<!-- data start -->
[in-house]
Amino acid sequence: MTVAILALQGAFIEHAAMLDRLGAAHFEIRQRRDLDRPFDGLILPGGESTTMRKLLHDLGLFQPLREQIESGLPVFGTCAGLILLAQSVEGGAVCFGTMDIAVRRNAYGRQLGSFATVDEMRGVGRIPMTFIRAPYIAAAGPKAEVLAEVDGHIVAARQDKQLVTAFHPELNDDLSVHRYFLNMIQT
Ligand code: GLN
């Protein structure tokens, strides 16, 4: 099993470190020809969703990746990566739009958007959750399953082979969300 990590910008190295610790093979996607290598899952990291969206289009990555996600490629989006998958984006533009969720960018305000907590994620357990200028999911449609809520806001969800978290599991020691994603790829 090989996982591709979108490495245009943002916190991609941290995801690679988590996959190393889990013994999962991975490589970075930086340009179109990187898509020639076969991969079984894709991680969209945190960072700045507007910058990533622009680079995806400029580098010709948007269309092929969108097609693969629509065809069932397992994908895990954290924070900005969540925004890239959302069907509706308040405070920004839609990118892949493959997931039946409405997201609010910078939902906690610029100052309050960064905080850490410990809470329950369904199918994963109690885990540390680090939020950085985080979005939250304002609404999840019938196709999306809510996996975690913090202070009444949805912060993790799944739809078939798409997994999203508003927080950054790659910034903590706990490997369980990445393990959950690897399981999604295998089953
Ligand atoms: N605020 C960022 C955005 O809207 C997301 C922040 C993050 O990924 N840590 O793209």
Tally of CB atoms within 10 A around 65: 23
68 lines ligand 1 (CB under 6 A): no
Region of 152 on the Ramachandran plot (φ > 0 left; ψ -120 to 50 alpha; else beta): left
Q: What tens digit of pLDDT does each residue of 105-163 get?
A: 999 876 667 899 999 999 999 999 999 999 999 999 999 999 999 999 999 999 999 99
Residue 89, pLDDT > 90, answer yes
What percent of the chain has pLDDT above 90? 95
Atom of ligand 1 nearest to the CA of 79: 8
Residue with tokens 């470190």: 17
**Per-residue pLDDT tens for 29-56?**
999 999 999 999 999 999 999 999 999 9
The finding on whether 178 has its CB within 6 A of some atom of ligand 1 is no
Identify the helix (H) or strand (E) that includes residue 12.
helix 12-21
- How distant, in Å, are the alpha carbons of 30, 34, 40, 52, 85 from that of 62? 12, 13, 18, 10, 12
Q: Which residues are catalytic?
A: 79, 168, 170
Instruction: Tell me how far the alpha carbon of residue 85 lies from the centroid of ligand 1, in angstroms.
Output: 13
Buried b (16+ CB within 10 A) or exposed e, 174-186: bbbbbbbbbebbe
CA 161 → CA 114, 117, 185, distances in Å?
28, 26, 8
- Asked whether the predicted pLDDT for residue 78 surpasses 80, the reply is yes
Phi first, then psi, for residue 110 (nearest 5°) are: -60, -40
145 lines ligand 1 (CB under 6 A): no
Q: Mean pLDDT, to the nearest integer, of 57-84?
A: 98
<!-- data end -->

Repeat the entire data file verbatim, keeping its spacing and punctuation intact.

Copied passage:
[in-house]
Amino acid sequence: MTVAILALQGAFIEHAAMLDRLGAAHFEIRQRRDLDRPFDGLILPGGESTTMRKLLHDLGLFQPLREQIESGLPVFGTCAGLILLAQSVEGGAVCFGTMDIAVRRNAYGRQLGSFATVDEMRGVGRIPMTFIRAPYIAAAGPKAEVLAEVDGHIVAARQDKQLVTAFHPELNDDLSVHRYFLNMIQT
Ligand code: GLN
């Protein structure tokens, strides 16, 4: 099993470190020809969703990746990566739009958007959750399953082979969300 990590910008190295610790093979996607290598899952990291969206289009990555996600490629989006998958984006533009969720960018305000907590994620357990200028999911449609809520806001969800978290599991020691994603790829 090989996982591709979108490495245009943002916190991609941290995801690679988590996959190393889990013994999962991975490589970075930086340009179109990187898509020639076969991969079984894709991680969209945190960072700045507007910058990533622009680079995806400029580098010709948007269309092929969108097609693969629509065809069932397992994908895990954290924070900005969540925004890239959302069907509706308040405070920004839609990118892949493959997931039946409405997201609010910078939902906690610029100052309050960064905080850490410990809470329950369904199918994963109690885990540390680090939020950085985080979005939250304002609404999840019938196709999306809510996996975690913090202070009444949805912060993790799944739809078939798409997994999203508003927080950054790659910034903590706990490997369980990445393990959950690897399981999604295998089953
Ligand atoms: N605020 C960022 C955005 O809207 C997301 C922040 C993050 O990924 N840590 O793209």
Tally of CB atoms within 10 A around 65: 23
68 lines ligand 1 (CB under 6 A): no
Region of 152 on the Ramachandran plot (φ > 0 left; ψ -120 to 50 alpha; else beta): left
Q: What tens digit of pLDDT does each residue of 105-163 get?
A: 999 876 667 899 999 999 999 999 999 999 999 999 999 999 999 999 999 999 999 99
Residue 89, pLDDT > 90, answer yes
What percent of the chain has pLDDT above 90? 95
Atom of ligand 1 nearest to the CA of 79: 8
Residue with tokens 């470190």: 17
**Per-residue pLDDT tens for 29-56?**
999 999 999 999 999 999 999 999 999 9
The finding on whether 178 has its CB within 6 A of some atom of ligand 1 is no
Identify the helix (H) or strand (E) that includes residue 12.
helix 12-21
- How distant, in Å, are the alpha carbons of 30, 34, 40, 52, 85 from that of 62? 12, 13, 18, 10, 12
Q: Which residues are catalytic?
A: 79, 168, 170
Instruction: Tell me how far the alpha carbon of residue 85 lies from the centroid of ligand 1, in angstroms.
Output: 13
Buried b (16+ CB within 10 A) or exposed e, 174-186: bbbbbbbbbebbe
CA 161 → CA 114, 117, 185, distances in Å?
28, 26, 8
- Asked whether the predicted pLDDT for residue 78 surpasses 80, the reply is yes
Phi first, then psi, for residue 110 (nearest 5°) are: -60, -40
145 lines ligand 1 (CB under 6 A): no
Q: Mean pLDDT, to the nearest integer, of 57-84?
A: 98